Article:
I will be the FIRST person to admit that I should be the LAST person to comment on anything music-related. If I had a child that was the byproduct of my musical tastes, said child would be a strange hybrid of Tupac Shakur and Frank Sinatra who played in a fratty band that sung show tunes. Despite that, I am a hardcore Childish Gambino fan; having listened to and absorbed all of his music thus far.
If you aren’t aware, Childish Gambino is the rapper pseudonym of actor/writer/comedian Donald Glover, who plays Troy Barnes on NBC’s Community. He has only sold one album: Camp, which was released in November 2011. Other than that, he has released various mixtapes for free download which range from the superficial and silly Sick Boi to more personal ones such as Culdesac and his EP album. What has always appealed to me about Gambino is his unapologetic stance on who he is. He doesn’t like to be classified as “not black enough,” hipster or funny-man. Even though he’d like to dissociate his rapper persona from his well-known comedic name, Childish Gambino is still very much Donald Glover. His tracks can be fun and witty but he also paints a picture of his childhood and his personal fears and doubts. Gambino brings a unique voice and sound to his music that I think is drastically different from any other hip-hop artists out there currently.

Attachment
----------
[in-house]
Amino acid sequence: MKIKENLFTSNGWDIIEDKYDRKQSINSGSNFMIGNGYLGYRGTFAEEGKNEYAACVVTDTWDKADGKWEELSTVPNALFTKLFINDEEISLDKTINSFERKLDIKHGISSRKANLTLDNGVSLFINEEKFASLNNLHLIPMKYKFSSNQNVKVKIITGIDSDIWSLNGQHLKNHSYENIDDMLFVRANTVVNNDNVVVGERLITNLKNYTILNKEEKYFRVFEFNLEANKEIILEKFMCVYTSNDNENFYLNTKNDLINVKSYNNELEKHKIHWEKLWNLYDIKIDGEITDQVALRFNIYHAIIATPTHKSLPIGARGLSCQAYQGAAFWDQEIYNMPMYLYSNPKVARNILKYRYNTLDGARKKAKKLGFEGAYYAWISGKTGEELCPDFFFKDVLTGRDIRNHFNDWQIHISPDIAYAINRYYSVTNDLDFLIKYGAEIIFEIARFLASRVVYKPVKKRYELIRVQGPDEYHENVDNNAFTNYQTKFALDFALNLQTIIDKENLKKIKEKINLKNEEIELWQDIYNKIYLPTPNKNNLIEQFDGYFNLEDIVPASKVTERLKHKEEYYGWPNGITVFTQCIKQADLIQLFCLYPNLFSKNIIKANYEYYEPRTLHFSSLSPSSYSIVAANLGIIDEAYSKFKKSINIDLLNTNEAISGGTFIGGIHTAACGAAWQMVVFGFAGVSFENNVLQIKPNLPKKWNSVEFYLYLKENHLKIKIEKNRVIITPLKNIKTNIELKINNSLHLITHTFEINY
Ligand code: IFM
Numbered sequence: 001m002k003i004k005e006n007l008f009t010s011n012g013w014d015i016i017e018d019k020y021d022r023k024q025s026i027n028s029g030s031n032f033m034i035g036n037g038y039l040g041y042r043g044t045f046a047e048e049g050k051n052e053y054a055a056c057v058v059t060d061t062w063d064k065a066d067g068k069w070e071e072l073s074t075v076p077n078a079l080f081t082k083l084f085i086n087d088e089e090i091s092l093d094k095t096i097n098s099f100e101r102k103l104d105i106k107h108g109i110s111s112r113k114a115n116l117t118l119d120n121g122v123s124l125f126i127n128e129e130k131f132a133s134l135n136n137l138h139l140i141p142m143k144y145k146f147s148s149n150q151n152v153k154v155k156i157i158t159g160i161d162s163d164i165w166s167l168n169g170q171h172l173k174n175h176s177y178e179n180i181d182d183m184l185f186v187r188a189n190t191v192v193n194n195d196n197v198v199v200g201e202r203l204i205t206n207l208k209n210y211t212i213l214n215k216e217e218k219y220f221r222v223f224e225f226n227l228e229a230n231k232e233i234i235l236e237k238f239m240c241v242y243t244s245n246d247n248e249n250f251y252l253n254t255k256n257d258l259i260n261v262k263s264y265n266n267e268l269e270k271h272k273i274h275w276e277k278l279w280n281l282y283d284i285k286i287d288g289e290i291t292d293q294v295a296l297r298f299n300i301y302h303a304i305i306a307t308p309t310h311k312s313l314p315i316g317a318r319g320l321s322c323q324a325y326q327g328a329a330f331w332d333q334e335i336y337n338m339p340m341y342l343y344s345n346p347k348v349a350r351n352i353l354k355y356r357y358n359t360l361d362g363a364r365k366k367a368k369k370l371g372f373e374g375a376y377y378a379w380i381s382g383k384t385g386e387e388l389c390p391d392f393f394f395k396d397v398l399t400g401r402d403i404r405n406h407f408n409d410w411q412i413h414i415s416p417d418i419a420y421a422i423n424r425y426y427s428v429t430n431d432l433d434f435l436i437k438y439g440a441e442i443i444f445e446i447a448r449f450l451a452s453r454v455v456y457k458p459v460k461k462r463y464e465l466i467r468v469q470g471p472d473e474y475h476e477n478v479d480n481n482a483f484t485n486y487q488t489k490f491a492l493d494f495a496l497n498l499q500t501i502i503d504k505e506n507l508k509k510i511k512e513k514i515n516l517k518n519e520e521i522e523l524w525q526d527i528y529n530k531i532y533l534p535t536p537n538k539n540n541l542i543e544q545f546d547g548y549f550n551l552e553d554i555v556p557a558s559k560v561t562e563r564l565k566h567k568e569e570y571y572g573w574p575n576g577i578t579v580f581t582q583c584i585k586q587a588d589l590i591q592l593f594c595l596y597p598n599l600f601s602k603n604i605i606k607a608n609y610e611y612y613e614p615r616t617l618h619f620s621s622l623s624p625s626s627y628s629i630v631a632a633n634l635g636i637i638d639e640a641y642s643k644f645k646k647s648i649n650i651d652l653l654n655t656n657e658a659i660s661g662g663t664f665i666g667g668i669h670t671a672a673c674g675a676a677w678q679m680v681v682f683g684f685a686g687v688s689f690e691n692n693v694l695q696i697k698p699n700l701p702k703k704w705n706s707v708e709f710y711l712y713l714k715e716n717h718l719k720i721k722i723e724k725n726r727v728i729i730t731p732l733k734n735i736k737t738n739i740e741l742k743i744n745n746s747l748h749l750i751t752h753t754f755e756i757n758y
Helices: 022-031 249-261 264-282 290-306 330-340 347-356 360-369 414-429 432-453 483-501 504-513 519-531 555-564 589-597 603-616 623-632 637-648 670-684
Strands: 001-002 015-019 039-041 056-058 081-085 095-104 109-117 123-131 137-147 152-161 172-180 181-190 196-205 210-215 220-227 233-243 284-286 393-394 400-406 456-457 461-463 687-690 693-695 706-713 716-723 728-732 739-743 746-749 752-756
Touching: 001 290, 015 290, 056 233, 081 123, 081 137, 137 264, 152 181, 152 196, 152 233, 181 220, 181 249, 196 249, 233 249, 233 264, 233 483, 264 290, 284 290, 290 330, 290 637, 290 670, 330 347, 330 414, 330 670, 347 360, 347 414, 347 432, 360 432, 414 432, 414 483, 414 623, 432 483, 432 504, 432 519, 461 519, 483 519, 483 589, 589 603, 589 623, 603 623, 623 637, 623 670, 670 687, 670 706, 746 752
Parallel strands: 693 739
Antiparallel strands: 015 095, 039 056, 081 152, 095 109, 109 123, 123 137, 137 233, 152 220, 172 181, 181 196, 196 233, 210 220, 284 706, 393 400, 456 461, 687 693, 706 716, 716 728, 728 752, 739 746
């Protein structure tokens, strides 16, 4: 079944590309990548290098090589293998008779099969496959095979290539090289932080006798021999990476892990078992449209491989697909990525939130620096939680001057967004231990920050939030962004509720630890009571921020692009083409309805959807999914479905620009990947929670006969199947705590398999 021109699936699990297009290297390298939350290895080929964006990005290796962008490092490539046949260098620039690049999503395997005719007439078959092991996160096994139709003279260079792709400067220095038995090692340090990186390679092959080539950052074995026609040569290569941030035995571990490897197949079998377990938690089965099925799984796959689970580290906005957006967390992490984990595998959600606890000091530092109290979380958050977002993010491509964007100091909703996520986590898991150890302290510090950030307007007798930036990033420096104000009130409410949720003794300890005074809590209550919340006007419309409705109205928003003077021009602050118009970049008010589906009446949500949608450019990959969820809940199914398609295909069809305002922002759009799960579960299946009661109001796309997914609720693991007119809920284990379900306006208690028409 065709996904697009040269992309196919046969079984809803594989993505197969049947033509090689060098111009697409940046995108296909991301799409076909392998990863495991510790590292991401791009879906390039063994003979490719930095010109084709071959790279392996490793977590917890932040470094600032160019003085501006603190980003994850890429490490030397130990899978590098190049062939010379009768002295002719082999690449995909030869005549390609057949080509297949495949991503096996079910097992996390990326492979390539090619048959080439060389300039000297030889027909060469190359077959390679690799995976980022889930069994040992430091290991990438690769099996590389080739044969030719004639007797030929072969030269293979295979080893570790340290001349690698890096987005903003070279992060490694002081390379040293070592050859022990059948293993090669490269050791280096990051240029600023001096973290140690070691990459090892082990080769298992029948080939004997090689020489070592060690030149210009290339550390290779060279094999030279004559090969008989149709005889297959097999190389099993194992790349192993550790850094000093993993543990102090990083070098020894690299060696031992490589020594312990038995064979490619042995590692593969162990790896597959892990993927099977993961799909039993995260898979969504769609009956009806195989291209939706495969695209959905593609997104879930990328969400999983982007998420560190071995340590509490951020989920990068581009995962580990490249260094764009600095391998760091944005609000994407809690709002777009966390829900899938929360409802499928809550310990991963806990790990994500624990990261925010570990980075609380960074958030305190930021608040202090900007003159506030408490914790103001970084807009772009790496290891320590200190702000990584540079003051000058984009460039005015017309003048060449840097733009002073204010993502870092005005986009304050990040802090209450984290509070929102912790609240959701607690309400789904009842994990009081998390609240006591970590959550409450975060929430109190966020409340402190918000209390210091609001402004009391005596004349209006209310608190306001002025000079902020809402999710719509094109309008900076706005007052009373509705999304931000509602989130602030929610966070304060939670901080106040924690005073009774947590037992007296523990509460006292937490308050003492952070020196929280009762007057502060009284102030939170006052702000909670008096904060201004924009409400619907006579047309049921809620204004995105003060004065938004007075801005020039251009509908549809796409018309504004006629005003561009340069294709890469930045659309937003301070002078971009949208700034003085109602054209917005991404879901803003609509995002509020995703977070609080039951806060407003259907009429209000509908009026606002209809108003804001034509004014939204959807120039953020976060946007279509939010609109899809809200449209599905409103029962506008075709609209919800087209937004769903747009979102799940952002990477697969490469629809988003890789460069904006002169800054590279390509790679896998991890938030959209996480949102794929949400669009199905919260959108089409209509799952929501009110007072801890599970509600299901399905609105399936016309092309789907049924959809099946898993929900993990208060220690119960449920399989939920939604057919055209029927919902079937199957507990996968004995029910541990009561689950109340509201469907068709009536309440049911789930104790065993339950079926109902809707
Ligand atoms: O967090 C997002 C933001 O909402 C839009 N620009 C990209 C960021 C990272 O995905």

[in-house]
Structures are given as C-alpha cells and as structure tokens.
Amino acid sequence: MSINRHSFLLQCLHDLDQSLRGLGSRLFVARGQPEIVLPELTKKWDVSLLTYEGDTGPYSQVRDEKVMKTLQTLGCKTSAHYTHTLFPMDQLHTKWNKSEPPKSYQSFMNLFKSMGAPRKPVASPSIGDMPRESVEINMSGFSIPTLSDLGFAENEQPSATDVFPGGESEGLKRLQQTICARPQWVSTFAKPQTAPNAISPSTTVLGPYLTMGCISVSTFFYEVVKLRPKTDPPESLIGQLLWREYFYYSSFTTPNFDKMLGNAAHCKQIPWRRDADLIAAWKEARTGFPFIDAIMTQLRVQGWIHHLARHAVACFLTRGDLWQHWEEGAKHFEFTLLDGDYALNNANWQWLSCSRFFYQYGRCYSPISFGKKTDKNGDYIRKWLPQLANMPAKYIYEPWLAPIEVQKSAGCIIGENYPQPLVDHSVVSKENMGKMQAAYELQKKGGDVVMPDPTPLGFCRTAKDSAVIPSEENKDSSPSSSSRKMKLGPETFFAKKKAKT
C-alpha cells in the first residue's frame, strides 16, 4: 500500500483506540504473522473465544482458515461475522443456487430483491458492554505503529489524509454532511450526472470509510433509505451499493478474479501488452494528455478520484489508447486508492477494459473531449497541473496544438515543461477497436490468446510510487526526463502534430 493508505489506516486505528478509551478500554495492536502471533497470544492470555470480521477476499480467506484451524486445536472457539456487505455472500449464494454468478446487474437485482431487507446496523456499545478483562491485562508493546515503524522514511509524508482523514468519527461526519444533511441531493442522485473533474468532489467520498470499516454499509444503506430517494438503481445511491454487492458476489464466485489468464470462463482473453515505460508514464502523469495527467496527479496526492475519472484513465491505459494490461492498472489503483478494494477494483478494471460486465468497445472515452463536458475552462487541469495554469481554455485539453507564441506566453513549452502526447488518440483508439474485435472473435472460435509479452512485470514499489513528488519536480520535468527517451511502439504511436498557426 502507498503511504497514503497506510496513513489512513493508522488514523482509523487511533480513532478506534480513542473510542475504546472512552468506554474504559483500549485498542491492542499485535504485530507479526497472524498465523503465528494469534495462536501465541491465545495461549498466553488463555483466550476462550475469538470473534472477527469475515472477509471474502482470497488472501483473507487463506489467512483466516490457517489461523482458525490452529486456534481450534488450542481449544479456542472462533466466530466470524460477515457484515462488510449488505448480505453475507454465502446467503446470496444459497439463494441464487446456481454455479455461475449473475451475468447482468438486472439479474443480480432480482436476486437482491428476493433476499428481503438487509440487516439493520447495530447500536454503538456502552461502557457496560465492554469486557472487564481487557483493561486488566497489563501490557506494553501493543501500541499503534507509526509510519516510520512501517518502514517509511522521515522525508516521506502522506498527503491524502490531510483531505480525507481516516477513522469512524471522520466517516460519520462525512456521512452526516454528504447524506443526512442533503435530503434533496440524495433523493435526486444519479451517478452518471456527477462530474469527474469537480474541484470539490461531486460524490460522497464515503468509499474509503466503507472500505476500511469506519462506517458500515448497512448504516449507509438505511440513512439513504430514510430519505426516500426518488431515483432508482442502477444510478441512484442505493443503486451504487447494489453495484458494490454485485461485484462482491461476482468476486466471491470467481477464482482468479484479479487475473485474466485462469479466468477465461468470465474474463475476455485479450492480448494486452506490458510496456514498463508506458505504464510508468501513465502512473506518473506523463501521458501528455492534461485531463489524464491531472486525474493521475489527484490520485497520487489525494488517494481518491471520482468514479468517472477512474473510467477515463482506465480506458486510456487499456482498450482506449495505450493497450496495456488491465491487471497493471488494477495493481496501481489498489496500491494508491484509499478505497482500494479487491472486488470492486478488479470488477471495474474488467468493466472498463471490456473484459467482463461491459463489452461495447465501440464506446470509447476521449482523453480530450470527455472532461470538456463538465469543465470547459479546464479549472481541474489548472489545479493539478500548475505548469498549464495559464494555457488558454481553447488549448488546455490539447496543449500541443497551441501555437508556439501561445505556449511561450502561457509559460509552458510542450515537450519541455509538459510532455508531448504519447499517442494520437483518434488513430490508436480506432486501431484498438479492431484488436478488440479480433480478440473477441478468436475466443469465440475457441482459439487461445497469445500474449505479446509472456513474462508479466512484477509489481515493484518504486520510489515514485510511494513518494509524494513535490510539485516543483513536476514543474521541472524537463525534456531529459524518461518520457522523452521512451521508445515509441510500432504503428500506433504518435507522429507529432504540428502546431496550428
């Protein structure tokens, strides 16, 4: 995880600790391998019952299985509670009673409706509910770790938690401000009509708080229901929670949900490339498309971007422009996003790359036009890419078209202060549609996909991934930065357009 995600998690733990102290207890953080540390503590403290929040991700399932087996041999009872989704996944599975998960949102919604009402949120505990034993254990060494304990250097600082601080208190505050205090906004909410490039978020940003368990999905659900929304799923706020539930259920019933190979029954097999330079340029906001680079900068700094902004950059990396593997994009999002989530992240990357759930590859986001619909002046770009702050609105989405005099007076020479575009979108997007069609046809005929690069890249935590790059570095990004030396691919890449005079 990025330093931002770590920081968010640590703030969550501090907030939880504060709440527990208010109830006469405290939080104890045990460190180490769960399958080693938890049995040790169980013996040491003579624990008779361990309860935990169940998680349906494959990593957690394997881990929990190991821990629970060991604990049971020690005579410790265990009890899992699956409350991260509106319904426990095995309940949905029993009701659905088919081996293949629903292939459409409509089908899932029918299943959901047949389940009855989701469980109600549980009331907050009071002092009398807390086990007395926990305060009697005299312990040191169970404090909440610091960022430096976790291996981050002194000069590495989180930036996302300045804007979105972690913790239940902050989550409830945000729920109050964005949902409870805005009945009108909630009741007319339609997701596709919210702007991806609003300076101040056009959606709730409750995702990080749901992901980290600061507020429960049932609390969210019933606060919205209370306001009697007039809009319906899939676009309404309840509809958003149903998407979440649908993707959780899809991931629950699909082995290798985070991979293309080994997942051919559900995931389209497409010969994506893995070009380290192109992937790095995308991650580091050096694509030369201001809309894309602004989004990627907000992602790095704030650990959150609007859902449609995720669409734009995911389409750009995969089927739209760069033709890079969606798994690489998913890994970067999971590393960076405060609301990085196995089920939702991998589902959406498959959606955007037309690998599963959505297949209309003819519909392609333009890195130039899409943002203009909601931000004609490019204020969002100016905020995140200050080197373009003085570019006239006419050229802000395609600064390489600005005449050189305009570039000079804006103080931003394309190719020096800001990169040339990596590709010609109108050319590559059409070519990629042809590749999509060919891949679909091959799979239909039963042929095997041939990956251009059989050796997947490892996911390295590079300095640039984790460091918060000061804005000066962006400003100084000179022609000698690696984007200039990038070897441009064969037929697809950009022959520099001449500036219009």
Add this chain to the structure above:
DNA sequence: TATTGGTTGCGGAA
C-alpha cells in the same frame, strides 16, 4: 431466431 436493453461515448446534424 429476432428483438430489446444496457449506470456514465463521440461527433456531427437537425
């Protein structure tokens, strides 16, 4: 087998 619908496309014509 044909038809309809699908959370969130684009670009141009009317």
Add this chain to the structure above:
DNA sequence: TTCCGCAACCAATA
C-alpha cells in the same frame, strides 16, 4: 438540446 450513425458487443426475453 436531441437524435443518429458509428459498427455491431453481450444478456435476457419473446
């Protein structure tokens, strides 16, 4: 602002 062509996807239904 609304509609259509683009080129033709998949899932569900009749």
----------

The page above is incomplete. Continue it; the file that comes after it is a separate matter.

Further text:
Last week Childish Gambino released his latest mixtape ROYALTY. With 18 tracks, ROYALTY promised to be the treasured gift Gambino fans had been craving. Unfortunately it fell short. Gone were the unique beats and riffs of familiar popular songs, replaced with generic hip-hop beats that sound like they were stock audio found in Snoop Doggy Dogg’s House of Beat-Sizzle-Drizzle fo’ Rizzle (that literally took me 20 minutes to think of.) The album is less of his personal reflections that were featured in past mixtapes and more of the age-old “rapping about my money so I can get more money” scheme. The album isn’t a complete dud however. Some of the other tracks may eventually grow on me, but for now highlights include “We Ain’t Them,” “Silk Pillow” and the crazy catchy “R.I.P.” which samples Kavinsky’s “Nightcall” featured in the film Drive. There has also been a lot of hype about Glover’s former boss and 30 Rock creator Tina Fey rapping on the last track “Real Estate.” I’ll agree that that tidbit of information is a catchy headline, but Tina Fey rapping is like Kim Kardashian singing. (And yes, that is probably the first and last time that Tina Fey and Kim Kardashian shall ever be mentioned in the same sentence.) My advice for both ladies is to stick to your money-making talents (or lack thereof, Ms. Kardashian.) Ranting aside, ROYALTY misses the mark, but Donald Glover is a powerhouse of entertainment, so I have faith he’ll rebound. I will be seeing him in concert in Detroit in August, and I don’t think he will disappoint.